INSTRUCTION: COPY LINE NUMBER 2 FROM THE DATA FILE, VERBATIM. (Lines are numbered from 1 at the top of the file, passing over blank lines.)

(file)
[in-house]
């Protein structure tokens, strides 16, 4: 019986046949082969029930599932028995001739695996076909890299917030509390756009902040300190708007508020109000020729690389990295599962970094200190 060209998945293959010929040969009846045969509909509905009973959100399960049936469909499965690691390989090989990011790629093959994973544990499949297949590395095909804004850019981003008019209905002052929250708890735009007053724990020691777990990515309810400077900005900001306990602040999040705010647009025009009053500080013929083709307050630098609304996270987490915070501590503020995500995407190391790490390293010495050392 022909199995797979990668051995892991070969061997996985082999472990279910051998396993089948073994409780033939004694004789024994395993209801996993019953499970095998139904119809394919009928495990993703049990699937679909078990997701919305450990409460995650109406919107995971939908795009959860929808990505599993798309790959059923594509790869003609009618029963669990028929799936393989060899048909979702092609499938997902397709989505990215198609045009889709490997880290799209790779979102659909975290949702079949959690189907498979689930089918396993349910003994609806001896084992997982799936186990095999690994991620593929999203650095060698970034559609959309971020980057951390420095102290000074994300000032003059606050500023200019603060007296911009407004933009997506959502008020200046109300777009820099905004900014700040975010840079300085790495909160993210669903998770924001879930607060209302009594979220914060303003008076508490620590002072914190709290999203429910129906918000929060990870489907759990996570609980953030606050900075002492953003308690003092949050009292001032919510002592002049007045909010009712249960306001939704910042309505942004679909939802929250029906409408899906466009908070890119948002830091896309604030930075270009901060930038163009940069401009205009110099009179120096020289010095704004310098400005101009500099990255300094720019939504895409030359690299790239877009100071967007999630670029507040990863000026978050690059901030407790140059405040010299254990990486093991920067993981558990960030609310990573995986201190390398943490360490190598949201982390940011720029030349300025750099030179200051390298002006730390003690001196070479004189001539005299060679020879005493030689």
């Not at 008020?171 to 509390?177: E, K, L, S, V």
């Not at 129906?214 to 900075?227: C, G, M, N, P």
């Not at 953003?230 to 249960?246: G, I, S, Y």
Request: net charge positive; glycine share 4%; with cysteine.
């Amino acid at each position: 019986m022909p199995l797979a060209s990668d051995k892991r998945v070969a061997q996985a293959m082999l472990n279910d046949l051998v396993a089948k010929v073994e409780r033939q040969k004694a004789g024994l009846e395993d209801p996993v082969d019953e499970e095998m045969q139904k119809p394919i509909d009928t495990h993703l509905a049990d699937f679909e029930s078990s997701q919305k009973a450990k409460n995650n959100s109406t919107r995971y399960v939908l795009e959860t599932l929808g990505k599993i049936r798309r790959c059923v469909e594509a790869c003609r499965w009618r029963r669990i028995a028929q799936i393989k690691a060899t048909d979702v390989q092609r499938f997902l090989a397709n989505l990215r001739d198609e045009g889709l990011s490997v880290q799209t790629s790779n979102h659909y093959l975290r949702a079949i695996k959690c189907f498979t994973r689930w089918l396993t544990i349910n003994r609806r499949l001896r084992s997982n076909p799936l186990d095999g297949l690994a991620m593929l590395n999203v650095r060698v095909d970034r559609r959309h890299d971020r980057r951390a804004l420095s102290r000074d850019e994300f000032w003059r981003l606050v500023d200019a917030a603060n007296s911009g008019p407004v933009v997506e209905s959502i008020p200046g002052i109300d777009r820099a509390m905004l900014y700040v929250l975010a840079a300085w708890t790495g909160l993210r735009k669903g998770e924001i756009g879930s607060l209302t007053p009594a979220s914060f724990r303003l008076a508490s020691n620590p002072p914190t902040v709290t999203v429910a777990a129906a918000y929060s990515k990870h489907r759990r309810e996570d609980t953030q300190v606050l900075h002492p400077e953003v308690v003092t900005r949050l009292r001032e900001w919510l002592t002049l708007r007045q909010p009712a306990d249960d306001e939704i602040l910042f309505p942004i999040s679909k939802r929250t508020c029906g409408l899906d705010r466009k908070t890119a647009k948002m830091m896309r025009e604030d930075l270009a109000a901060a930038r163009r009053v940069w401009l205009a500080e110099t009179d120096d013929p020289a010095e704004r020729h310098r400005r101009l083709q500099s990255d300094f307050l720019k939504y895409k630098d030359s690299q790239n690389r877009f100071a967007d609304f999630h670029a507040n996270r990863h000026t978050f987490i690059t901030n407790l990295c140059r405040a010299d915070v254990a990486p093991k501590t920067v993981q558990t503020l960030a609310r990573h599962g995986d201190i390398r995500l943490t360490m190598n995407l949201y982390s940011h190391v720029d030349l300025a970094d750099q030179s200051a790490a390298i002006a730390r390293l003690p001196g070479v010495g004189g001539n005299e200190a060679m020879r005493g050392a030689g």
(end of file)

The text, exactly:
């Protein structure tokens, strides 16, 4: 019986046949082969029930599932028995001739695996076909890299917030509390756009902040300190708007508020109000020729690389990295599962970094200190 060209998945293959010929040969009846045969509909509905009973959100399960049936469909499965690691390989090989990011790629093959994973544990499949297949590395095909804004850019981003008019209905002052929250708890735009007053724990020691777990990515309810400077900005900001306990602040999040705010647009025009009053500080013929083709307050630098609304996270987490915070501590503020995500995407190391790490390293010495050392 022909199995797979990668051995892991070969061997996985082999472990279910051998396993089948073994409780033939004694004789024994395993209801996993019953499970095998139904119809394919009928495990993703049990699937679909078990997701919305450990409460995650109406919107995971939908795009959860929808990505599993798309790959059923594509790869003609009618029963669990028929799936393989060899048909979702092609499938997902397709989505990215198609045009889709490997880290799209790779979102659909975290949702079949959690189907498979689930089918396993349910003994609806001896084992997982799936186990095999690994991620593929999203650095060698970034559609959309971020980057951390420095102290000074994300000032003059606050500023200019603060007296911009407004933009997506959502008020200046109300777009820099905004900014700040975010840079300085790495909160993210669903998770924001879930607060209302009594979220914060303003008076508490620590002072914190709290999203429910129906918000929060990870489907759990996570609980953030606050900075002492953003308690003092949050009292001032919510002592002049007045909010009712249960306001939704910042309505942004679909939802929250029906409408899906466009908070890119948002830091896309604030930075270009901060930038163009940069401009205009110099009179120096020289010095704004310098400005101009500099990255300094720019939504895409030359690299790239877009100071967007999630670029507040990863000026978050690059901030407790140059405040010299254990990486093991920067993981558990960030609310990573995986201190390398943490360490190598949201982390940011720029030349300025750099030179200051390298002006730390003690001196070479004189001539005299060679020879005493030689």